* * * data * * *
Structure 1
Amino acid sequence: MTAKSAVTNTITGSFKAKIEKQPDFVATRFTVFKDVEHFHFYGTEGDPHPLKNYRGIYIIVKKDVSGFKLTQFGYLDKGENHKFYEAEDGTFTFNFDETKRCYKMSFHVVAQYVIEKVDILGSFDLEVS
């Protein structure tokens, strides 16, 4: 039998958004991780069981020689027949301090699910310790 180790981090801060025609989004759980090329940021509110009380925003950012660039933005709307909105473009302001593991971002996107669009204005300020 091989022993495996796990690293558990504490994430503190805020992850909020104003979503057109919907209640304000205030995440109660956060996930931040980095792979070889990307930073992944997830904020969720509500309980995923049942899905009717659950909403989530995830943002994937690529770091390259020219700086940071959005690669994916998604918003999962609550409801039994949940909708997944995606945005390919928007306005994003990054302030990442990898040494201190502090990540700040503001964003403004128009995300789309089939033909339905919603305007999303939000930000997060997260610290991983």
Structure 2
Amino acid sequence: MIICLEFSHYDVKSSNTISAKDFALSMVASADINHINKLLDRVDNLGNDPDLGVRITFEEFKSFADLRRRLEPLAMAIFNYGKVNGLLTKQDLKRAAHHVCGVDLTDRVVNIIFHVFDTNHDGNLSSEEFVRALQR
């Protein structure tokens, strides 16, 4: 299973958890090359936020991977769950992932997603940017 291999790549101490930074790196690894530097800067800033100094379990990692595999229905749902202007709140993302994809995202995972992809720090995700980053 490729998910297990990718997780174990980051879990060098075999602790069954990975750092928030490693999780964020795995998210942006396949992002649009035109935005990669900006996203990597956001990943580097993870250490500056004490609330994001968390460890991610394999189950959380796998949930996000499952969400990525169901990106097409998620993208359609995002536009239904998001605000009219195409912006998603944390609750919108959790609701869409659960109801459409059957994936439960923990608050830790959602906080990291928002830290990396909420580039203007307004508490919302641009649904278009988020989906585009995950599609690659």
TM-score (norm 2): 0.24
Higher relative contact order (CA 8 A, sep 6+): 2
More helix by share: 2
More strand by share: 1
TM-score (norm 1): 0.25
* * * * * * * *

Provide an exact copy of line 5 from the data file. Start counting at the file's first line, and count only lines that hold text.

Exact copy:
Amino acid sequence: MIICLEFSHYDVKSSNTISAKDFALSMVASADINHINKLLDRVDNLGNDPDLGVRITFEEFKSFADLRRRLEPLAMAIFNYGKVNGLLTKQDLKRAAHHVCGVDLTDRVVNIIFHVFDTNHDGNLSSEEFVRALQR